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Source: Department of Foreign Affairs
Title: Dlamini Zuma: SA-German Women in Dialogue conference
KEYNOTE ADDRESS BY DR NKOSAZANA DLAMINI ZUMA, MINISTER OF FOREIGN
AFFAIRS, SOUTH AFRICA, AT THE SOUTH AFRICAN-GERMAN WOMEN IN
DIALOGUE CONFERENCE, Berlin, Germany, 24 April 2003
Chairperson / Programme Director
His Excellency, SA Ambassador to Germany, Prof SibusisoB engu
Ministers present here today
Your Excellencies Members of the Diplomatic Corps
Ladies and Gentlemen
On behalf of my Government and the people of South Africa I would
like to thank the organisers of this conference and the Government
of the Federal Republic of Germany for allowing us once more the
opportunity to deliberate on the important challenges facing my
country and our continent.
It is my fervent hope and wish that the conference will, while
building upon the excellent bilateral political, economic, cultural
relations and co-operation between the Federal Republic of Germany
and the Republic of South Africa, lay a firm foundation for the
consolidation of the existing bonds of friendship and ties among
women of our two countries. Long live our fraternal relationships.
Malibongwe Igama lamaKhosikazi!
The cooperation between South Africa and Germany, especially on
gender issues, can only but advance the cause of gender equality in
both our countries. Your Government's interest in and support for
the development of women in Africa has not gone unnoticed on our
We in South Africa and the rest of the continent will act to the
best of our ability to ensure that the process of reform continues
until gender equality has been achieved.
The challenges facing our continent and South Africa are no
different from those facing other developing countries. Ours, in
South Africa, is complicated both by the legacy of apartheid racist
policies and the patriarchal nature of our society. We are
confronted by the major challenges of poverty eradication,
underdevelopment and the growing income inequalities within our
nation and between men and women.
Since 1994, South Africa has been grappling with the transformation
of our society and the creation of a better life for all.
Colonialism and apartheid imposed a harsh life of oppression and
exploitation in general on all black people. South African black
women in particular, were the worst victims of white exploitation
and discrimination. They endured and suffered the triple oppression
of race, class and gender.
For black people, poverty eradication must therefore mean the
provision of basic needs, such as clean water and sanitation, which
so many among us in this audience take for granted. I am sure that
for most of us here, there would probably be more taps in our
houses than there are people. However, in many areas of our
country, the opposite is the reality.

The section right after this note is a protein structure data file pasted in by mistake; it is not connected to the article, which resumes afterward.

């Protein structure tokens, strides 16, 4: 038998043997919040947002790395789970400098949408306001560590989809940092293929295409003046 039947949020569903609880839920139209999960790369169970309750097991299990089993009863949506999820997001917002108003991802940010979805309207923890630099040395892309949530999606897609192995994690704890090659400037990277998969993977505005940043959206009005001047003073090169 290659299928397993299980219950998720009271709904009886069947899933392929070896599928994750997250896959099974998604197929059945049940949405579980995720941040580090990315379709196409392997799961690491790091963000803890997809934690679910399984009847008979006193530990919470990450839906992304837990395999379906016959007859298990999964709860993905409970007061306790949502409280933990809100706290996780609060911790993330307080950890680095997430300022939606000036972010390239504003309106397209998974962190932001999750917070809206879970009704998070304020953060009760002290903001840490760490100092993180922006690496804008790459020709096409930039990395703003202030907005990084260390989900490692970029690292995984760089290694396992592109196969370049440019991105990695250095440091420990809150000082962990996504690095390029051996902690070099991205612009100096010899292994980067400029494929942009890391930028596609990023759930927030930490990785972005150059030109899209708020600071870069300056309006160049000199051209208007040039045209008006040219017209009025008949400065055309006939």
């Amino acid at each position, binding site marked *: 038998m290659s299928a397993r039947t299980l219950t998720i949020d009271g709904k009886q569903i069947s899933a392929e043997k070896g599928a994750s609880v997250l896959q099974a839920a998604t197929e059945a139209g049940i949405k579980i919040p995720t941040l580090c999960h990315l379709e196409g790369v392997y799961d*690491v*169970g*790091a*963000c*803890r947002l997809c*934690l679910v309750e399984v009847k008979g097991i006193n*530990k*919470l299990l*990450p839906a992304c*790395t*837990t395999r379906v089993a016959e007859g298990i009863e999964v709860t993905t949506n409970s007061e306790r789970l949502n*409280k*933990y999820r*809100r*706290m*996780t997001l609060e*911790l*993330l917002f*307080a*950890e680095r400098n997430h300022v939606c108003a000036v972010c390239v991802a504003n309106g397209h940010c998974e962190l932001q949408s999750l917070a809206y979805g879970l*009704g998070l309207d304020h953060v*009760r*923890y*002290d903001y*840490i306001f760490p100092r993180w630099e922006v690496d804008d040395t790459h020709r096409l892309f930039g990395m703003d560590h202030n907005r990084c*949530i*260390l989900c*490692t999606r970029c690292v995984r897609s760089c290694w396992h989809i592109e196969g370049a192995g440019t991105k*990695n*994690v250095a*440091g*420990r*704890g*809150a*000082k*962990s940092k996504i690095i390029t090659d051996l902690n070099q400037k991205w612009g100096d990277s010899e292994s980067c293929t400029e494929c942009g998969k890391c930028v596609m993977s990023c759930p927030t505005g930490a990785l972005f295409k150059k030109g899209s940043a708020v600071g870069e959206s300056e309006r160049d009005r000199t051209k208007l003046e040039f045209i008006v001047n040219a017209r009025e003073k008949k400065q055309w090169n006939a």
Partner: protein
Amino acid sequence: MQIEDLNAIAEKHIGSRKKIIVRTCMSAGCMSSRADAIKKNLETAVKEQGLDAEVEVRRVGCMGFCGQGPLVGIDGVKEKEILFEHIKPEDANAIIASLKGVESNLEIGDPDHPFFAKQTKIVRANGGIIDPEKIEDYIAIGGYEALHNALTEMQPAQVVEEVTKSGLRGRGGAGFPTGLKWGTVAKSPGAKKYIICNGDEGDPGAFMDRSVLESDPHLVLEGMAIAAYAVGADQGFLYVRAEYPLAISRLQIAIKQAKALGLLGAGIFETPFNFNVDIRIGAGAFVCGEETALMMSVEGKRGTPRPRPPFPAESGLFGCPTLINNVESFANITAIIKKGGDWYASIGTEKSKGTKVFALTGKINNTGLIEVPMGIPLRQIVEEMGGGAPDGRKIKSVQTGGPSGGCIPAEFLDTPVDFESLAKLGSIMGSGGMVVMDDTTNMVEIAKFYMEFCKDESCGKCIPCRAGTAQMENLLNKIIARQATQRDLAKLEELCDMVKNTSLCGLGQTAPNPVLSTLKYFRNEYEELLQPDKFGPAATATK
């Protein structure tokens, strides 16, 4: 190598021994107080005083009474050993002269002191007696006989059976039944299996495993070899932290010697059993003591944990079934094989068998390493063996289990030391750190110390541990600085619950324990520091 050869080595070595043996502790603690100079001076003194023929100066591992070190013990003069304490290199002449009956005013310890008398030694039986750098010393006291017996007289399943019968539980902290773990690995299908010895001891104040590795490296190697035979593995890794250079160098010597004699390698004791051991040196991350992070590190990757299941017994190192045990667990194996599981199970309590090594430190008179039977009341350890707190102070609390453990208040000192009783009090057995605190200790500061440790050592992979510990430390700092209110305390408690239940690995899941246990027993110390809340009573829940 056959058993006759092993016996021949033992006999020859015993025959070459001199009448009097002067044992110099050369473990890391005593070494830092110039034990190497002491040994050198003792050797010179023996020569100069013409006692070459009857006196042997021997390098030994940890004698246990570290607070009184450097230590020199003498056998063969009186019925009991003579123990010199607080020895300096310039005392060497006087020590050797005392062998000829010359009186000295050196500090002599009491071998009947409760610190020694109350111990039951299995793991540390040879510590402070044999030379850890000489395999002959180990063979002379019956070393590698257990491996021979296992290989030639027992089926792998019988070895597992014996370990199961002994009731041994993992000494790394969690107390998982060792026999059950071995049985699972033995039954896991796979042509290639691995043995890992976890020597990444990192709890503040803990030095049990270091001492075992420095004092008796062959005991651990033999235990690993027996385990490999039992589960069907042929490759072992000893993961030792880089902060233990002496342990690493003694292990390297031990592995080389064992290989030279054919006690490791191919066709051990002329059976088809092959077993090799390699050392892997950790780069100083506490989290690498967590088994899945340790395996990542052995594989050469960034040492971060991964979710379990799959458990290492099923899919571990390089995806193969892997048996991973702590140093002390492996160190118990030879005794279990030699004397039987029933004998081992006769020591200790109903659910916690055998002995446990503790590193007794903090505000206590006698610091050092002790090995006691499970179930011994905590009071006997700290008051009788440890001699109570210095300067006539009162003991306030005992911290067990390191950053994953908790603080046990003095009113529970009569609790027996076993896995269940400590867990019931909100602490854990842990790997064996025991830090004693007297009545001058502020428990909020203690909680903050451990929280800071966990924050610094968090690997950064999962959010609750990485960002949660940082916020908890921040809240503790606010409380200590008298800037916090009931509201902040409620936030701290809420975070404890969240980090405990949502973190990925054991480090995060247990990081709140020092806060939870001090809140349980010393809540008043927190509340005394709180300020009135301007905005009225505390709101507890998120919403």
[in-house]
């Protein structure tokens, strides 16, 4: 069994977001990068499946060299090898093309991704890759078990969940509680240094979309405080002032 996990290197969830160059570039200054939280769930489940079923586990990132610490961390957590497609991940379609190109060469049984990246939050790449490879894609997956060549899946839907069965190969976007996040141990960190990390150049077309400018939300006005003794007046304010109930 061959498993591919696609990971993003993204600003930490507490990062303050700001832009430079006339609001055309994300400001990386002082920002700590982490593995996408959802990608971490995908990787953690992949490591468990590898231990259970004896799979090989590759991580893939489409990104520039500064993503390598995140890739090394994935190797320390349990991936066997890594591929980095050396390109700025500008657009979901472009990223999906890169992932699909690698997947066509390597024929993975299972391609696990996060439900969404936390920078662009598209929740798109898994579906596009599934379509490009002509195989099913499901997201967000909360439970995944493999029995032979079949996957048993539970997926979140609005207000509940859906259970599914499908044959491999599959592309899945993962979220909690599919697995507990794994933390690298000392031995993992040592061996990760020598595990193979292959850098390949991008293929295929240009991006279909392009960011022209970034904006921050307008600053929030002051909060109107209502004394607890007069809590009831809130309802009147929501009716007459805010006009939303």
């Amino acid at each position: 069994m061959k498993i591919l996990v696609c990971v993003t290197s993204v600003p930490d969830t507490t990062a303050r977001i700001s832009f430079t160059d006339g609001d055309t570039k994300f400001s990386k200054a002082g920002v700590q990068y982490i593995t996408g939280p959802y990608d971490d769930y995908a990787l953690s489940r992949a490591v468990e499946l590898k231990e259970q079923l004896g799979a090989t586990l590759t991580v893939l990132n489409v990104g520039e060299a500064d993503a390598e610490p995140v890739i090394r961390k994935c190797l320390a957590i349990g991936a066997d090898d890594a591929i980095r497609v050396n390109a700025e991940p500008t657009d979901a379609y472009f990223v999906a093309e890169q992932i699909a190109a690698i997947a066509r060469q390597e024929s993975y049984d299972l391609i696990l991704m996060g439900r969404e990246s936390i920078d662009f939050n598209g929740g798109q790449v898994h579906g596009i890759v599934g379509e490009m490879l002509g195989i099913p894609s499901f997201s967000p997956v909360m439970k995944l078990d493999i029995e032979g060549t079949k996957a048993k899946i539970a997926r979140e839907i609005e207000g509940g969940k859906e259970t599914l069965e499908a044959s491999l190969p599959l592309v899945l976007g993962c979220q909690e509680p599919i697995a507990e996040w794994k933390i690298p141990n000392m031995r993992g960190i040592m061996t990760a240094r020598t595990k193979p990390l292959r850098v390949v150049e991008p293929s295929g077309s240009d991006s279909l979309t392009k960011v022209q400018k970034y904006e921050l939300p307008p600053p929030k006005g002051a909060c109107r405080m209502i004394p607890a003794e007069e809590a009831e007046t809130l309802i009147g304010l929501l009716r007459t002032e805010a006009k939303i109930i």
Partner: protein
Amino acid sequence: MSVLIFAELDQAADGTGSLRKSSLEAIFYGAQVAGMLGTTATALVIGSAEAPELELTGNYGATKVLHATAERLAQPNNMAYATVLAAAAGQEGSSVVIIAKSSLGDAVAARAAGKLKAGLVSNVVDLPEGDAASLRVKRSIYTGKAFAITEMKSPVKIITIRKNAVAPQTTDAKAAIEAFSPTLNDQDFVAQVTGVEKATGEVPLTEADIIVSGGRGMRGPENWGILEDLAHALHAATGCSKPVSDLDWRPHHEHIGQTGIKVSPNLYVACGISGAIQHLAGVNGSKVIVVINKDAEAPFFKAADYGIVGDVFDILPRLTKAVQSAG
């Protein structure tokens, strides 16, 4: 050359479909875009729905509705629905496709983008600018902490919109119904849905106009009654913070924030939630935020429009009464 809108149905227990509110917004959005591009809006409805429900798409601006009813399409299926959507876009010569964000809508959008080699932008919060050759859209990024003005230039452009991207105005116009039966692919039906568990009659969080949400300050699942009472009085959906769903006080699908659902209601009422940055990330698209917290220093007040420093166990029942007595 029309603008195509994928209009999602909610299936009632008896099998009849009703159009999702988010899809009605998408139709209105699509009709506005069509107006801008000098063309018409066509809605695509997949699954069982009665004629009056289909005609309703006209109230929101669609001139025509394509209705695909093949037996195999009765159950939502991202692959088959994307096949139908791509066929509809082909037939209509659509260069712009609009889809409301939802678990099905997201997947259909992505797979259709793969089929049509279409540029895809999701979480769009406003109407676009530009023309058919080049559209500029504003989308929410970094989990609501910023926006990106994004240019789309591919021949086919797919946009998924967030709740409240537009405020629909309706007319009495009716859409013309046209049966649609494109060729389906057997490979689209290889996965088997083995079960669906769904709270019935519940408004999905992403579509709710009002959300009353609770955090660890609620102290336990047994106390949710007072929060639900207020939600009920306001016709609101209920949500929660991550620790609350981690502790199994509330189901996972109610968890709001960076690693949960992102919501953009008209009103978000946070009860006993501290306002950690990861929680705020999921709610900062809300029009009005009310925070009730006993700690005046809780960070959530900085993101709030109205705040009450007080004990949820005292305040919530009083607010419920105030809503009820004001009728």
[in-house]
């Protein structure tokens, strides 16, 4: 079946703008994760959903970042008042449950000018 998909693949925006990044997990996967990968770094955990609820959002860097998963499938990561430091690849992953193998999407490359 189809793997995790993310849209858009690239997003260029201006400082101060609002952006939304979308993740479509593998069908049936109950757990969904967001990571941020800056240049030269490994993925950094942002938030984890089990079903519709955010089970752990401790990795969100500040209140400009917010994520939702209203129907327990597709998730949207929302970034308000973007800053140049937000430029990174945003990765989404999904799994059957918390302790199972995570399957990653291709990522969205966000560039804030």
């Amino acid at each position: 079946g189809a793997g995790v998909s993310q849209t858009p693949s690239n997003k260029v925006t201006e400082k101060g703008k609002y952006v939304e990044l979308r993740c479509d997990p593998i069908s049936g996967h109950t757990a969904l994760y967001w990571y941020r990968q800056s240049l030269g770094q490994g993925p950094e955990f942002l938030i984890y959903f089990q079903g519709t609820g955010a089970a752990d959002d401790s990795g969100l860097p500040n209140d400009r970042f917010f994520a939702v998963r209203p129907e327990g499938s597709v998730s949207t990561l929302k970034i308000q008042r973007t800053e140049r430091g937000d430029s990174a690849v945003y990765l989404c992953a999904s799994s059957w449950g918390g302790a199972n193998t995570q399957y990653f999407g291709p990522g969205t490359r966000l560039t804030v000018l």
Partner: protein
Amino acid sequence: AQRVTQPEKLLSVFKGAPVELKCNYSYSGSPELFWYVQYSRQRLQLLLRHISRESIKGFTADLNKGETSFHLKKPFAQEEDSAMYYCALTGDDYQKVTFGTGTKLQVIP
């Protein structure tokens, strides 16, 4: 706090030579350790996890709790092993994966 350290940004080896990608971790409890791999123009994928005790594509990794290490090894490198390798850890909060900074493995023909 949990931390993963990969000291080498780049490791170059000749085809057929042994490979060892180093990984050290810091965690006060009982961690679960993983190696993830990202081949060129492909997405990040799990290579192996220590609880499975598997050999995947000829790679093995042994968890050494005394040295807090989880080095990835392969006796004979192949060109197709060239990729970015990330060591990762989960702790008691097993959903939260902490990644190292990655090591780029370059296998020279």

Whilst for many in the developed world, the choice is between the
utilisation of electricity, gasoline, gas or solar energy in the
household - the developing world on the other is faced with the
stark reality of the need to still extend the electricity grid to
The provision of basic services such as water, electricity and
sanitation is very significant in bettering the quality of lives of
black women. The provision of these services simply means that no
longer shall they spend hours on end and endless energy searching
for firewood, drawing and fetching water. Such services if provided
enable women to spend their time more qualitatively and
In South Africa we have provided these services to millions of
people both urban and rural but there are still millions more who
are waiting for the delivery thereof.
Needless to mention that the provision of such basic services will
lead to the improvement of the general health of the populace and
consequently less diarrhoeal diseases, cholera and respiratory
Education, skills training and technological advancement remain the
cornerstone for development and improvement of people's lives. It
is a sad reality that many black women lack basic education, have
no skills and have limited access to modern technology. In this
regard, educating the girl child is not only critical in redressing
the imbalances of the past but also essential in poverty
eradication, especially the feminisation of poverty.
The provision of adequate, affordable and accessible health
services, especially in rural areas, remains essential. The
provision of universal free primary health care and free health
care for children under six years of age, and pregnant women have
made an enormous difference to our people.
Women still bear the primary responsibility of looking after the
sick at home. Special attention has to be paid to women when
dealing with the HIV/AIDS pandemic, TB and malaria. Women tend to
be more susceptible to HIV infections than men. They have less
access to proper, balanced nutrition. We are now focussing on
mother to child transmission in addition to our normal HIV/AIDS
Additionally, a lot of HIV/AIDS programmes place emphasis on
home-based care - that relies solely on the availability of healthy
women to provide the human resource for that home-based care.
Employment and economic growth remain a big challenge for our
country and continent. Policies that address the skilled health
production resources, jobs, economic opportunities, employment
equity and basic salaries have to pay special attention to the
impact on women in general and black women in particular.
The development of a new human rights culture in our country and
continent should consider women's rights as an integral part of
human rights and should guarantee gender equality for women.
True to the words of one of the great heroes of our struggle, the
late Oliver Tambo, that "Our struggle will be less than powerful
and our national and social emancipation can never be complete if
we continue to treat the women of our country as dependent minors
and objects of one form of exploitation or another. Certainly, no
longer should it be that a woman's place is in the kitchen. In our
beleaguered country, the woman's place is in the battlefront of our
Women indeed are in the struggle for a non-racialism and
non-sexism. They are in the struggle for human rights, the struggle
against hunger, illiteracy, homelessness, disease and the
restoration of dignity. There is no dignity in poverty.
Another fundamental challenge is that of safety and security.
Whereas we have made very positive strides in making South Africa
safe and secure for all its citizens and tourists. We are now
focussing on the safety of women not only in the street but also at
Whereas domestic violence is an international phenomenon that
transcends race, class or religion, we have a programme focussing
on this. It is totally unacceptable that there are women who cannot
feel safe at home. We have the legal framework to deal with this
scourge. The most difficult challenge is to change the attitudes of
the family, society and the judiciary system. In some communities,
it is still frowned upon to charge a husband or partner with
Women of our country have made huge advances in terms of
participation in the political life of South Africa and in the